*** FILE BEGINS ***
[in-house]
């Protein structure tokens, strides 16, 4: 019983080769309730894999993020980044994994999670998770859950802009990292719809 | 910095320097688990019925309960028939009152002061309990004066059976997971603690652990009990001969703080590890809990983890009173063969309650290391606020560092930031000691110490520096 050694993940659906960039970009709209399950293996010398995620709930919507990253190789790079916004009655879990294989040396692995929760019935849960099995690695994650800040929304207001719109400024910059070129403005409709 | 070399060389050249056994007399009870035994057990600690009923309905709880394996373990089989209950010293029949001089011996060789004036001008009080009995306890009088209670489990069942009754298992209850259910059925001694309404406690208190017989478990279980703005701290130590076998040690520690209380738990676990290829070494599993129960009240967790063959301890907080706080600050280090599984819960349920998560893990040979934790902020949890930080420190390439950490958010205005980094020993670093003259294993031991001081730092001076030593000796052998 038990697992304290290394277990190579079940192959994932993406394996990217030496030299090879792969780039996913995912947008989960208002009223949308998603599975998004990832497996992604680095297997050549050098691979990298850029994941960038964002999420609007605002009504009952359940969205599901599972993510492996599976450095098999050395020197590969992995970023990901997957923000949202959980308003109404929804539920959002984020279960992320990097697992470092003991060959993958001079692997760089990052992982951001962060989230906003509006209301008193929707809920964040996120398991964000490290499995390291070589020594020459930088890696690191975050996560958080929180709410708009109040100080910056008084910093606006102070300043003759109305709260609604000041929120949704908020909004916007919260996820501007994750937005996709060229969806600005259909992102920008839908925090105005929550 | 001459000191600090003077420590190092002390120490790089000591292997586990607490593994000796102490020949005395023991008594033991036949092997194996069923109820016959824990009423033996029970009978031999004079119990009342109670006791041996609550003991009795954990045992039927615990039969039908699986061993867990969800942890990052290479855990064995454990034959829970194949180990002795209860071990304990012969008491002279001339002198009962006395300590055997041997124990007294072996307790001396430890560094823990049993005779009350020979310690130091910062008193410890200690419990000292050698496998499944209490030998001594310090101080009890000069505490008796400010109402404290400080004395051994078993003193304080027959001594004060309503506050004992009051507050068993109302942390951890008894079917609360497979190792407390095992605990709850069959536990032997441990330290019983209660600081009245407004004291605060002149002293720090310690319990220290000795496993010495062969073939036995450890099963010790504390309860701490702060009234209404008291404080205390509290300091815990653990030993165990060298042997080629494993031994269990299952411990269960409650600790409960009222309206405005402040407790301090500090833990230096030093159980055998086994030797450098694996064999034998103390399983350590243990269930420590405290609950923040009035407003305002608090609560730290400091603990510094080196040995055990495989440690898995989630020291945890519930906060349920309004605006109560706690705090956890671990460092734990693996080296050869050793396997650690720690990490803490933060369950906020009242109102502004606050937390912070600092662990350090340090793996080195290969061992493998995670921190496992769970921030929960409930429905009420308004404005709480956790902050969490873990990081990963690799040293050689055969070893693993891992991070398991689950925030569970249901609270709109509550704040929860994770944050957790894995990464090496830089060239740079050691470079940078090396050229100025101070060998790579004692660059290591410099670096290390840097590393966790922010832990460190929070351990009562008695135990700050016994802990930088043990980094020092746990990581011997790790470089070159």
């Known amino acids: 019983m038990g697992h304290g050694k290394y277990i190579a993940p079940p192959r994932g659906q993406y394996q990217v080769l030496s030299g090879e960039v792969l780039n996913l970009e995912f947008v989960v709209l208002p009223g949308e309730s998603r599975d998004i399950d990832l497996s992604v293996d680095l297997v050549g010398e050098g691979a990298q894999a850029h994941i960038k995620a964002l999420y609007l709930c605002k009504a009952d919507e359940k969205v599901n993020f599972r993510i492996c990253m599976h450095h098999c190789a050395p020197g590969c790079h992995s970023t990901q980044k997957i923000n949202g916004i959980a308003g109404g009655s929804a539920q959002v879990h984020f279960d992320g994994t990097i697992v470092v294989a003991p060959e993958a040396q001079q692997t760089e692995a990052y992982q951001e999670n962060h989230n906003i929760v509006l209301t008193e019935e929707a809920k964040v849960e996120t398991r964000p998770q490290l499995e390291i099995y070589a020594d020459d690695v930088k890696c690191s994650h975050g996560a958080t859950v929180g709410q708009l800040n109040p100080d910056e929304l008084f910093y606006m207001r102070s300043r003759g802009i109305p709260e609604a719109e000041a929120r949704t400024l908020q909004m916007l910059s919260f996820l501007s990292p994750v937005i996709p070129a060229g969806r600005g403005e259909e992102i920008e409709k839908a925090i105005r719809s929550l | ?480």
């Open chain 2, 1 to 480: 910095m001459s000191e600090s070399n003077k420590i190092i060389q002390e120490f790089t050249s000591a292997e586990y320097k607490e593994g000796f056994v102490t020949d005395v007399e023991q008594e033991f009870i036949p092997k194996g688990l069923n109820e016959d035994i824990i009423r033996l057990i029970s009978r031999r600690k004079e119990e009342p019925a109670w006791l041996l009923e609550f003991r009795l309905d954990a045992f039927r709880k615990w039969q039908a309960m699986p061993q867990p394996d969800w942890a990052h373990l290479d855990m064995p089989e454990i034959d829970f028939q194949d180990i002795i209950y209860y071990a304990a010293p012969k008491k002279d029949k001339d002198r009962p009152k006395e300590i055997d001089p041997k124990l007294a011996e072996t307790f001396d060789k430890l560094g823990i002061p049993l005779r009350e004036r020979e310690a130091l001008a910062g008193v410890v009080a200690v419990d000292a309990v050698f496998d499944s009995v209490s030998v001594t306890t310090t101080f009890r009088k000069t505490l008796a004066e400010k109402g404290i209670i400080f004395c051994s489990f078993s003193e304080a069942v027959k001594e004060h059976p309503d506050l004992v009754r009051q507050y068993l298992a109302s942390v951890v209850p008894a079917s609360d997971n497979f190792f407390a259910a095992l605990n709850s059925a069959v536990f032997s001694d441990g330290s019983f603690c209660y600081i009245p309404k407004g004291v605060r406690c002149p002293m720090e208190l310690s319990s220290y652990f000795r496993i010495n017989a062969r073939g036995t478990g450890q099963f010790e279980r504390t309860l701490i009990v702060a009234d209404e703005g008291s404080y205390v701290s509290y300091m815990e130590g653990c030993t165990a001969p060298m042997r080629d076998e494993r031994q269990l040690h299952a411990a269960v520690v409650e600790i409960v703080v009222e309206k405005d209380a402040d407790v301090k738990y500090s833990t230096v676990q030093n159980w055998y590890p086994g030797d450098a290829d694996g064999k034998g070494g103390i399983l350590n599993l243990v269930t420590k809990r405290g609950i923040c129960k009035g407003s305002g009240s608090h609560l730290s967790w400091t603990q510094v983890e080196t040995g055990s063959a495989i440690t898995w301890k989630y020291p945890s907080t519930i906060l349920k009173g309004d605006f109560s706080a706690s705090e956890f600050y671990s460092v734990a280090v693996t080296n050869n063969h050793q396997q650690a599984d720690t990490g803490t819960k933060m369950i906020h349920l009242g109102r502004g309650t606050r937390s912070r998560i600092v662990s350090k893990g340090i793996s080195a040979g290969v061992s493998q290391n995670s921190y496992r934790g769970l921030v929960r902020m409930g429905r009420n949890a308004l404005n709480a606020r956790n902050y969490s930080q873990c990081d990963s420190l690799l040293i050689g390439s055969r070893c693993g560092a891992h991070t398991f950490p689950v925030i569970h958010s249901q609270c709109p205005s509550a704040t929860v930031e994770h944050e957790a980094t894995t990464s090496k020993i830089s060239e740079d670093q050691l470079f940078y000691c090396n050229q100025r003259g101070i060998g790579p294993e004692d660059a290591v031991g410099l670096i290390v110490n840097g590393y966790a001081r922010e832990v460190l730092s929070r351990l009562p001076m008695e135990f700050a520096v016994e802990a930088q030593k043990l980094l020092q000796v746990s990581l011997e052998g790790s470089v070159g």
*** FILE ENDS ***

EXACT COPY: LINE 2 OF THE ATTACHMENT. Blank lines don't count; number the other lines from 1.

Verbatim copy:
């Protein structure tokens, strides 16, 4: 019983080769309730894999993020980044994994999670998770859950802009990292719809 | 910095320097688990019925309960028939009152002061309990004066059976997971603690652990009990001969703080590890809990983890009173063969309650290391606020560092930031000691110490520096 050694993940659906960039970009709209399950293996010398995620709930919507990253190789790079916004009655879990294989040396692995929760019935849960099995690695994650800040929304207001719109400024910059070129403005409709 | 070399060389050249056994007399009870035994057990600690009923309905709880394996373990089989209950010293029949001089011996060789004036001008009080009995306890009088209670489990069942009754298992209850259910059925001694309404406690208190017989478990279980703005701290130590076998040690520690209380738990676990290829070494599993129960009240967790063959301890907080706080600050280090599984819960349920998560893990040979934790902020949890930080420190390439950490958010205005980094020993670093003259294993031991001081730092001076030593000796052998 038990697992304290290394277990190579079940192959994932993406394996990217030496030299090879792969780039996913995912947008989960208002009223949308998603599975998004990832497996992604680095297997050549050098691979990298850029994941960038964002999420609007605002009504009952359940969205599901599972993510492996599976450095098999050395020197590969992995970023990901997957923000949202959980308003109404929804539920959002984020279960992320990097697992470092003991060959993958001079692997760089990052992982951001962060989230906003509006209301008193929707809920964040996120398991964000490290499995390291070589020594020459930088890696690191975050996560958080929180709410708009109040100080910056008084910093606006102070300043003759109305709260609604000041929120949704908020909004916007919260996820501007994750937005996709060229969806600005259909992102920008839908925090105005929550 | 001459000191600090003077420590190092002390120490790089000591292997586990607490593994000796102490020949005395023991008594033991036949092997194996069923109820016959824990009423033996029970009978031999004079119990009342109670006791041996609550003991009795954990045992039927615990039969039908699986061993867990969800942890990052290479855990064995454990034959829970194949180990002795209860071990304990012969008491002279001339002198009962006395300590055997041997124990007294072996307790001396430890560094823990049993005779009350020979310690130091910062008193410890200690419990000292050698496998499944209490030998001594310090101080009890000069505490008796400010109402404290400080004395051994078993003193304080027959001594004060309503506050004992009051507050068993109302942390951890008894079917609360497979190792407390095992605990709850069959536990032997441990330290019983209660600081009245407004004291605060002149002293720090310690319990220290000795496993010495062969073939036995450890099963010790504390309860701490702060009234209404008291404080205390509290300091815990653990030993165990060298042997080629494993031994269990299952411990269960409650600790409960009222309206405005402040407790301090500090833990230096030093159980055998086994030797450098694996064999034998103390399983350590243990269930420590405290609950923040009035407003305002608090609560730290400091603990510094080196040995055990495989440690898995989630020291945890519930906060349920309004605006109560706690705090956890671990460092734990693996080296050869050793396997650690720690990490803490933060369950906020009242109102502004606050937390912070600092662990350090340090793996080195290969061992493998995670921190496992769970921030929960409930429905009420308004404005709480956790902050969490873990990081990963690799040293050689055969070893693993891992991070398991689950925030569970249901609270709109509550704040929860994770944050957790894995990464090496830089060239740079050691470079940078090396050229100025101070060998790579004692660059290591410099670096290390840097590393966790922010832990460190929070351990009562008695135990700050016994802990930088043990980094020092746990990581011997790790470089070159």